Persad-Bissessar plans to leverage TT’s O&G expertise for jobs in Guyana’s emerging industry

Kamla Persad-Bissessar, Trinidad and Tobago’s (TT) Opposition Leader

Trinidad and Tobago’s (TT) Opposition Leader, Kamla Persad-Bissessar is promising to create 50,000 jobs if re-elected Prime Minister in the twin island republic. Some of the jobs, she said, could come from opportunities in Guyana’s emerging oil and gas industry.

According to an April 28 report in the TT Guardian, Persad-Bissessar was at the time speak­ing at the United National Congress’s (UNC) 30th an­niver­sary cel­e­bra­tions at the car park of the UNC’s Cou­va South con­stituen­cy of­fice in Cou­va.

In her ad­dress, Per­sad-Bisses­sar took the op­por­tu­ni­ty to re­veal some of the plans she has for the coun­try if her par­ty wins the elec­tions. Not­ing that many young peo­ple are ei­ther un­em­ployed or un­der­paid, she said, “So, you are now on the verge of giv­ing up. You feel you are a bur­den on your par­ents. And your time spent in school was wast­ed. Do not give up. I promise you to­day that we will make, as our first pri­or­i­ty, the cre­ation of 50,000 well-pay­ing jobs. We did it be­fore. We will do it again.”

The for­mer prime min­is­ter al­so an­nounced plans to im­me­di­ate­ly re­struc­ture the health sec­tor to make it a hub for med­ical tourism that will em­ploy doc­tors, nurs­es and health care providers.

“We will man­date our for­eign mis­sions to iden­ti­fy the jobs of the dig­i­tal fu­ture and pre­pare you to take them up. We will lever­age the ex­per­tise in our en­er­gy sec­tor and care­ful­ly match that with man­pow­er needs in near­by Guyana to the mu­tu­al ben­e­fit of both coun­tries.”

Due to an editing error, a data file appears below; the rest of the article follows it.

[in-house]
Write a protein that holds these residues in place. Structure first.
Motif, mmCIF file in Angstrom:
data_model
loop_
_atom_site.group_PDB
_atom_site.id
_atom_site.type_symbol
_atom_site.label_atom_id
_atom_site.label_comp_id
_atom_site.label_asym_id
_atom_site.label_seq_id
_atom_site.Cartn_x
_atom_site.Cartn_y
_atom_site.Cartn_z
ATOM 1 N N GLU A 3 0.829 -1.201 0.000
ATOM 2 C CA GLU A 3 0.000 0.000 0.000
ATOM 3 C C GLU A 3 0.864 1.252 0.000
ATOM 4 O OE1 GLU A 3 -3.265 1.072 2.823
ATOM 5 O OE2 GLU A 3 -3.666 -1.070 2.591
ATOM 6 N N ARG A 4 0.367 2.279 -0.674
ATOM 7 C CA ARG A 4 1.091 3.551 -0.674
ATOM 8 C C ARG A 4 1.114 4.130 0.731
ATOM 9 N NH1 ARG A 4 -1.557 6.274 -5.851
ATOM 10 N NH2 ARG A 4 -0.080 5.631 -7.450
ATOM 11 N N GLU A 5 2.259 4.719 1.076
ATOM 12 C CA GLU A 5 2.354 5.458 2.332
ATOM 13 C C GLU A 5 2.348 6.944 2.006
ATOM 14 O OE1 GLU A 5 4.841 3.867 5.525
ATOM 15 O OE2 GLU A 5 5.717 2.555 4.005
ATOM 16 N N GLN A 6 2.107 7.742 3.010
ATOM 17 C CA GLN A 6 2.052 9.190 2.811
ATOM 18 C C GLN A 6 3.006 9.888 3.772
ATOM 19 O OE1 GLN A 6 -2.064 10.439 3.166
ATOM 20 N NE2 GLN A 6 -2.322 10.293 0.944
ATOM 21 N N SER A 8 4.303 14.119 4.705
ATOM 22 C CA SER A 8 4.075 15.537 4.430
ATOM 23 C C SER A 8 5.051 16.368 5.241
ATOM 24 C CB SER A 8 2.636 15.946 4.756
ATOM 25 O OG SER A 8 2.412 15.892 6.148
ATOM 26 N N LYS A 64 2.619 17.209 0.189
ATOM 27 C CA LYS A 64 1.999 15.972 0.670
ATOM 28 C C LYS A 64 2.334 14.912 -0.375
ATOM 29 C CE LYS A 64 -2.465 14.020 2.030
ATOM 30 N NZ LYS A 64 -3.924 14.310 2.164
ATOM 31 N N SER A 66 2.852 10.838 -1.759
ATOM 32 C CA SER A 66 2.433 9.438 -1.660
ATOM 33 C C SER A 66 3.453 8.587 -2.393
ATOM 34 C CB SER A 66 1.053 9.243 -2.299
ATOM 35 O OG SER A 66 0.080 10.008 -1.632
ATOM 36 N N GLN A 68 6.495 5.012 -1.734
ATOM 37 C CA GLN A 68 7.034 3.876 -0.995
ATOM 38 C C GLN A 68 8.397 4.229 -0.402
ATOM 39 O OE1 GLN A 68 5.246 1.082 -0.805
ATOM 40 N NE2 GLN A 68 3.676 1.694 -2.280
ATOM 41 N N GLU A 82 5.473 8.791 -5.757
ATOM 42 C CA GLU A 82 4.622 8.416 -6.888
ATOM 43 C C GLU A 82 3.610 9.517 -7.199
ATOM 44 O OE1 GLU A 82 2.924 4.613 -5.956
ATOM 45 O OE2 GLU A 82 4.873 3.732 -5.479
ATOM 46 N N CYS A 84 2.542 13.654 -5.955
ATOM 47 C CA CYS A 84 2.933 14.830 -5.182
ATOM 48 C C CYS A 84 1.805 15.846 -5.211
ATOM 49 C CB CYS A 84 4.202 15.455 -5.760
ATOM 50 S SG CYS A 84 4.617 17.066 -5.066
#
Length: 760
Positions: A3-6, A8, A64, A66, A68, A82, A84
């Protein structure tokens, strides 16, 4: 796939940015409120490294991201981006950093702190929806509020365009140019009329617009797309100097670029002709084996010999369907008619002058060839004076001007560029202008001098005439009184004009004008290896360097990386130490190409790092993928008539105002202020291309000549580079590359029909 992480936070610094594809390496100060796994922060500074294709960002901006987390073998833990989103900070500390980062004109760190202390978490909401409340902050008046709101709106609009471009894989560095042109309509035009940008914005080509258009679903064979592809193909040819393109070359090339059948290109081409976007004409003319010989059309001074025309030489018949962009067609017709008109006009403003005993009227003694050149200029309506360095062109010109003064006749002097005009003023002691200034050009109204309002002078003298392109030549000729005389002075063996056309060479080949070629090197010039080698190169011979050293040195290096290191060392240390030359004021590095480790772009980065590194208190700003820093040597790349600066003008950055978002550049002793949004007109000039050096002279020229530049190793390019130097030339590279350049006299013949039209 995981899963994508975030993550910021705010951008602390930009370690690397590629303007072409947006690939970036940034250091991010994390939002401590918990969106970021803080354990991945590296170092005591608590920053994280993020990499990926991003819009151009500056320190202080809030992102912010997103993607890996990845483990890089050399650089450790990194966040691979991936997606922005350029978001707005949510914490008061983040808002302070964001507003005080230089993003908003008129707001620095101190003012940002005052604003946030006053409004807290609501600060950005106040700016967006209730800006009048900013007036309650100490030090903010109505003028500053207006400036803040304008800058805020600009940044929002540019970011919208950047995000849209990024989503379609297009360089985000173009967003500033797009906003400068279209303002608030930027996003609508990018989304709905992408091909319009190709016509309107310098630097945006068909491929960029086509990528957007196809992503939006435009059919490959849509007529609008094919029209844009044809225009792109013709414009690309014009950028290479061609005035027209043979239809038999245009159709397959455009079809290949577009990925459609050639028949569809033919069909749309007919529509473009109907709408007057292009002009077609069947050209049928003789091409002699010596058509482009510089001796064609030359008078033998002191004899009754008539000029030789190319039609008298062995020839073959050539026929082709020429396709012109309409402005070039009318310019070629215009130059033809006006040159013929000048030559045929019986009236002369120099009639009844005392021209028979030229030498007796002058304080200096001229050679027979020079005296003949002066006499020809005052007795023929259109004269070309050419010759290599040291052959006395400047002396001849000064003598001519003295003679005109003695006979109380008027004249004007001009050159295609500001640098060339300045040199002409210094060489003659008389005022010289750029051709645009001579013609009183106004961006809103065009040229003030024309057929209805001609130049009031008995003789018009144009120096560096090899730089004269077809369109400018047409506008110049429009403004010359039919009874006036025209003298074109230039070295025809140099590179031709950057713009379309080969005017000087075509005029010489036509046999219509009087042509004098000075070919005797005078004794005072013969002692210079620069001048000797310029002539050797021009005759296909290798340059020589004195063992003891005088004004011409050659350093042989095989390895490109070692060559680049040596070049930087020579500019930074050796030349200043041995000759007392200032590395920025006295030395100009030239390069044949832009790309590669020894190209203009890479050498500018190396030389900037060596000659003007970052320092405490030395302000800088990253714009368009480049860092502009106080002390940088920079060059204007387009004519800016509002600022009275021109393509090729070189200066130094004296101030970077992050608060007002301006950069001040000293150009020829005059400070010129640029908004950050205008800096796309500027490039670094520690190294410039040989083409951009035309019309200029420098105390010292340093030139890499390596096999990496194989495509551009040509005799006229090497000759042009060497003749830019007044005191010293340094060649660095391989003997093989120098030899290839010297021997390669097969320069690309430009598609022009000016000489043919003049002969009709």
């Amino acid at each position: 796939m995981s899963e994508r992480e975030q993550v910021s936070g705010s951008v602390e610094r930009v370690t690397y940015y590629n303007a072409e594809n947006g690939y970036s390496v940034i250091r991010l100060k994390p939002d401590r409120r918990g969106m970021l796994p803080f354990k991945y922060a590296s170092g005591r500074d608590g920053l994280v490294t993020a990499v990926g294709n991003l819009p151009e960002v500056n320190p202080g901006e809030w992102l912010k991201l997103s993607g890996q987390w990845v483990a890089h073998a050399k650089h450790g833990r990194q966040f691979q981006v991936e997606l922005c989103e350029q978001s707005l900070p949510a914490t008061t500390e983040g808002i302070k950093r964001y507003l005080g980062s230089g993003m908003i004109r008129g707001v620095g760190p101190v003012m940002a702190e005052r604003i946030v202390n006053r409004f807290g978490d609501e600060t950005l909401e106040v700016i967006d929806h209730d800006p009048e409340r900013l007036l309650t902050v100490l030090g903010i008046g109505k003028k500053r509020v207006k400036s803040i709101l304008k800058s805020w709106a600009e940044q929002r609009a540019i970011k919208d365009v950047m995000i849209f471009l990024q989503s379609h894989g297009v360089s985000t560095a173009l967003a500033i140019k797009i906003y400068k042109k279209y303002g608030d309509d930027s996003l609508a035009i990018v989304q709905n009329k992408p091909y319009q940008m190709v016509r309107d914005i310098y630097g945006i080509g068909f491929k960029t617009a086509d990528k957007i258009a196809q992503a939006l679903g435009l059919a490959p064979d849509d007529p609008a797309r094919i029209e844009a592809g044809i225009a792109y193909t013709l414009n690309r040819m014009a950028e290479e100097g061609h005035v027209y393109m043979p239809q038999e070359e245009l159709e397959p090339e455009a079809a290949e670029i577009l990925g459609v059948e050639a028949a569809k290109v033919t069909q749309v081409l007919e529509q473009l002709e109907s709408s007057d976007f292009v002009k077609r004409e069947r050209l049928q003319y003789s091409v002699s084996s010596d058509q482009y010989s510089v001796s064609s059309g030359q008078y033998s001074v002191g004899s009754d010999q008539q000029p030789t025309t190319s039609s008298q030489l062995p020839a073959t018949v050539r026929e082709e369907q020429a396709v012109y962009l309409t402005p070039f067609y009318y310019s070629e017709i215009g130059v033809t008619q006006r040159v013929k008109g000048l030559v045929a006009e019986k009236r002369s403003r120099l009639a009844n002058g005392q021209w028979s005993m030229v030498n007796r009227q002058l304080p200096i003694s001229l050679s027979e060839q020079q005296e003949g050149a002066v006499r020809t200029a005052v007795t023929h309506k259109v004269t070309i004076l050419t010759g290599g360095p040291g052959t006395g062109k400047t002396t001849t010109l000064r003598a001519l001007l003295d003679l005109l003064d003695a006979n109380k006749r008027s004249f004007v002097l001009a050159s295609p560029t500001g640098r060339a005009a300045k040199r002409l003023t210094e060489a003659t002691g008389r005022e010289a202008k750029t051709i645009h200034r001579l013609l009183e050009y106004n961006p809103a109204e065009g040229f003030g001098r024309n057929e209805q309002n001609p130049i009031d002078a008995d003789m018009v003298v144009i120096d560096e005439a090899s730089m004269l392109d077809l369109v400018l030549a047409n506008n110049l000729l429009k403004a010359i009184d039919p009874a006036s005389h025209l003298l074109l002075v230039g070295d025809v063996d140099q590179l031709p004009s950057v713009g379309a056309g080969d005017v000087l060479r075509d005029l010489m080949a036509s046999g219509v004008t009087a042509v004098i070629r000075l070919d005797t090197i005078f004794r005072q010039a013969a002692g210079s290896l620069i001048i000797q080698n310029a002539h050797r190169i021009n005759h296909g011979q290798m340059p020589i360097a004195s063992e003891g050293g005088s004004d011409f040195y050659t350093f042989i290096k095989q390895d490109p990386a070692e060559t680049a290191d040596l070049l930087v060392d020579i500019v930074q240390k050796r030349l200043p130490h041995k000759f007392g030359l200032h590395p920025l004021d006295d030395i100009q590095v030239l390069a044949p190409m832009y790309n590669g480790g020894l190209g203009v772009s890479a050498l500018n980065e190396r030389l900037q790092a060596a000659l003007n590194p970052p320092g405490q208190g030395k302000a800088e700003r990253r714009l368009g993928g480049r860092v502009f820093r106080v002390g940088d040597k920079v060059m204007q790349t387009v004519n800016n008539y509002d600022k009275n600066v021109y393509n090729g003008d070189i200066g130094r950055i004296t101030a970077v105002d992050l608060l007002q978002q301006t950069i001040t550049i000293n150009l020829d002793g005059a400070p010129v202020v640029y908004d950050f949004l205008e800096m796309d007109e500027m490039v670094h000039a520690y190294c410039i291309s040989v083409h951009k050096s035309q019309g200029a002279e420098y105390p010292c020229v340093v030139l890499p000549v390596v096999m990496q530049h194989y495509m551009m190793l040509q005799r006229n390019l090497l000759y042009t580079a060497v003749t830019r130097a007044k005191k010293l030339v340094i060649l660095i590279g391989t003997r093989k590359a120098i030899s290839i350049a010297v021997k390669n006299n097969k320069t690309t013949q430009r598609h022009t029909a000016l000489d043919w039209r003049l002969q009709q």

In September 2018, Persad-Bissessar had urged the government in the twin-island republic to pursue a partnership with Guyana to refine its oil in order to avert the closure of the Petrotrin refinery.

“I understand Guyana has found another well and they are producing, can we not group in some way and find a way to work together as a Caricom (sic) where we can help them refine their oil?” she asked at the time.

Reacting at the time, former Guyanese Minister of Natural Resources and the Environment Robert Persaud, had said Guyana oil industry should not be Trinidad’s ‘next meal’. “Do remember none or even limited opportunities were given to Guyanese during TT’s 110 years plus as an oil and gas producer.  Guyana will neither be the bogey-man in your political gambits nor be allowed to be only the convenient rainy-day friend because we are to be the next largest oil and gas economy of the Caribbean,” he said.


  1. I must comment on the small minded response to Trini overtures re refining opportunities from Robert Persaud re “Guyana will neither be the bogey-man in your political gambits nor be allowed to be only the convenient rainy-day friend because we are to be the next largest oil and gas economy of the Caribbean” Whether or not Guyana should have a standalone refinery is a moot question – unless for global export a la Hovensa, Petrotrin, Aruba etc. there seems little advantage in building beyond internal demand, and a joint venture in the region may make greater sense and avoid billions in grass root construction in an already tight market. I believe an expansive view is required and cooperation with any country neighbour such as Venezuela, Suriname, or Brazil would be more synergistic than a go it alone refining policy! Cooperation is better than confrontation and all border disputes can be resolved. Oil is a fungible resource and can be used in a variety of JV scenarios within and without the CariCom Region.

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